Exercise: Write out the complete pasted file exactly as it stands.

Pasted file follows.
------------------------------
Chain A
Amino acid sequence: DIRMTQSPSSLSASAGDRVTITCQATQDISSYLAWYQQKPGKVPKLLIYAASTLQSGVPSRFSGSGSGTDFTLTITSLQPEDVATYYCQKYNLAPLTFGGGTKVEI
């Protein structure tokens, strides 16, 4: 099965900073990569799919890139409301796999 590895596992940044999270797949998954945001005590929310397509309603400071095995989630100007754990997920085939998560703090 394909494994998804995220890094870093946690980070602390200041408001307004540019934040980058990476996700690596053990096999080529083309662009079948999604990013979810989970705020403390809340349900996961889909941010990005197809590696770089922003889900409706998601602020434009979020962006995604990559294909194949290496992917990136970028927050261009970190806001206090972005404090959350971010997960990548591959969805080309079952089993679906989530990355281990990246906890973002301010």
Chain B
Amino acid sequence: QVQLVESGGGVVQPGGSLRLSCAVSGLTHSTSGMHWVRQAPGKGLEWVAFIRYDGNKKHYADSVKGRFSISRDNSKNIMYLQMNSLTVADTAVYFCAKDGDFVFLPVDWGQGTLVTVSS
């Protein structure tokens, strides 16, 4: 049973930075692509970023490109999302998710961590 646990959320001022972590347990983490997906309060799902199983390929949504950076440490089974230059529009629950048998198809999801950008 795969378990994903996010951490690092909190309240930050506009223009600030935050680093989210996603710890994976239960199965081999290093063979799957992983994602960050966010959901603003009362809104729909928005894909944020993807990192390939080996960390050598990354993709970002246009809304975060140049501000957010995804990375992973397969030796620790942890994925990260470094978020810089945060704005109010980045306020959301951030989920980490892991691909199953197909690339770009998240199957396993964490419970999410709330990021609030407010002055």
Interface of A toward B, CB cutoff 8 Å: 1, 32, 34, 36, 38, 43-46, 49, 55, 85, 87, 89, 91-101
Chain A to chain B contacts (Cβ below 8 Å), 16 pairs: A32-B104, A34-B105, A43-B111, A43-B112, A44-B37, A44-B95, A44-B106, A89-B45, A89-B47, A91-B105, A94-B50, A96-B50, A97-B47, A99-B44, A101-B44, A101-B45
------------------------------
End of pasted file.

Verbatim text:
Chain A
Amino acid sequence: DIRMTQSPSSLSASAGDRVTITCQATQDISSYLAWYQQKPGKVPKLLIYAASTLQSGVPSRFSGSGSGTDFTLTITSLQPEDVATYYCQKYNLAPLTFGGGTKVEI
């Protein structure tokens, strides 16, 4: 099965900073990569799919890139409301796999 590895596992940044999270797949998954945001005590929310397509309603400071095995989630100007754990997920085939998560703090 394909494994998804995220890094870093946690980070602390200041408001307004540019934040980058990476996700690596053990096999080529083309662009079948999604990013979810989970705020403390809340349900996961889909941010990005197809590696770089922003889900409706998601602020434009979020962006995604990559294909194949290496992917990136970028927050261009970190806001206090972005404090959350971010997960990548591959969805080309079952089993679906989530990355281990990246906890973002301010």
Chain B
Amino acid sequence: QVQLVESGGGVVQPGGSLRLSCAVSGLTHSTSGMHWVRQAPGKGLEWVAFIRYDGNKKHYADSVKGRFSISRDNSKNIMYLQMNSLTVADTAVYFCAKDGDFVFLPVDWGQGTLVTVSS
């Protein structure tokens, strides 16, 4: 049973930075692509970023490109999302998710961590 646990959320001022972590347990983490997906309060799902199983390929949504950076440490089974230059529009629950048998198809999801950008 795969378990994903996010951490690092909190309240930050506009223009600030935050680093989210996603710890994976239960199965081999290093063979799957992983994602960050966010959901603003009362809104729909928005894909944020993807990192390939080996960390050598990354993709970002246009809304975060140049501000957010995804990375992973397969030796620790942890994925990260470094978020810089945060704005109010980045306020959301951030989920980490892991691909199953197909690339770009998240199957396993964490419970999410709330990021609030407010002055």
Interface of A toward B, CB cutoff 8 Å: 1, 32, 34, 36, 38, 43-46, 49, 55, 85, 87, 89, 91-101
Chain A to chain B contacts (Cβ below 8 Å), 16 pairs: A32-B104, A34-B105, A43-B111, A43-B112, A44-B37, A44-B95, A44-B106, A89-B45, A89-B47, A91-B105, A94-B50, A96-B50, A97-B47, A99-B44, A101-B44, A101-B45